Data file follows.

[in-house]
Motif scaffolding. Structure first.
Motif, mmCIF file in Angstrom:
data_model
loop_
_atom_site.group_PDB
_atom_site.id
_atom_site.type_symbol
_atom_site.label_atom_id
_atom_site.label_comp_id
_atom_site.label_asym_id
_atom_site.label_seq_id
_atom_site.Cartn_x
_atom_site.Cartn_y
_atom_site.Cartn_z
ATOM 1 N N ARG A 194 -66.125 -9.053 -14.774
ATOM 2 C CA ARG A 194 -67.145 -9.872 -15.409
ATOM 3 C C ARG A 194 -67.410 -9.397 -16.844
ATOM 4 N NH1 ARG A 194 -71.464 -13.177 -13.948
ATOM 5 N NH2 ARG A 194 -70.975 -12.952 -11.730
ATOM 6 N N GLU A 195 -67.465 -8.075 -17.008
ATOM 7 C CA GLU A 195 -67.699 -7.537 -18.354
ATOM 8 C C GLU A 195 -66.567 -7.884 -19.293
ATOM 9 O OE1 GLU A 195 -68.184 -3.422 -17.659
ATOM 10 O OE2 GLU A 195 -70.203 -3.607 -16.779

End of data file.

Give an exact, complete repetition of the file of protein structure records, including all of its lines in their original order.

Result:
[in-house]
Motif scaffolding. Structure first.
Motif, mmCIF file in Angstrom:
data_model
loop_
_atom_site.group_PDB
_atom_site.id
_atom_site.type_symbol
_atom_site.label_atom_id
_atom_site.label_comp_id
_atom_site.label_asym_id
_atom_site.label_seq_id
_atom_site.Cartn_x
_atom_site.Cartn_y
_atom_site.Cartn_z
ATOM 1 N N ARG A 194 -66.125 -9.053 -14.774
ATOM 2 C CA ARG A 194 -67.145 -9.872 -15.409
ATOM 3 C C ARG A 194 -67.410 -9.397 -16.844
ATOM 4 N NH1 ARG A 194 -71.464 -13.177 -13.948
ATOM 5 N NH2 ARG A 194 -70.975 -12.952 -11.730
ATOM 6 N N GLU A 195 -67.465 -8.075 -17.008
ATOM 7 C CA GLU A 195 -67.699 -7.537 -18.354
ATOM 8 C C GLU A 195 -66.567 -7.884 -19.293
ATOM 9 O OE1 GLU A 195 -68.184 -3.422 -17.659
ATOM 10 O OE2 GLU A 195 -70.203 -3.607 -16.779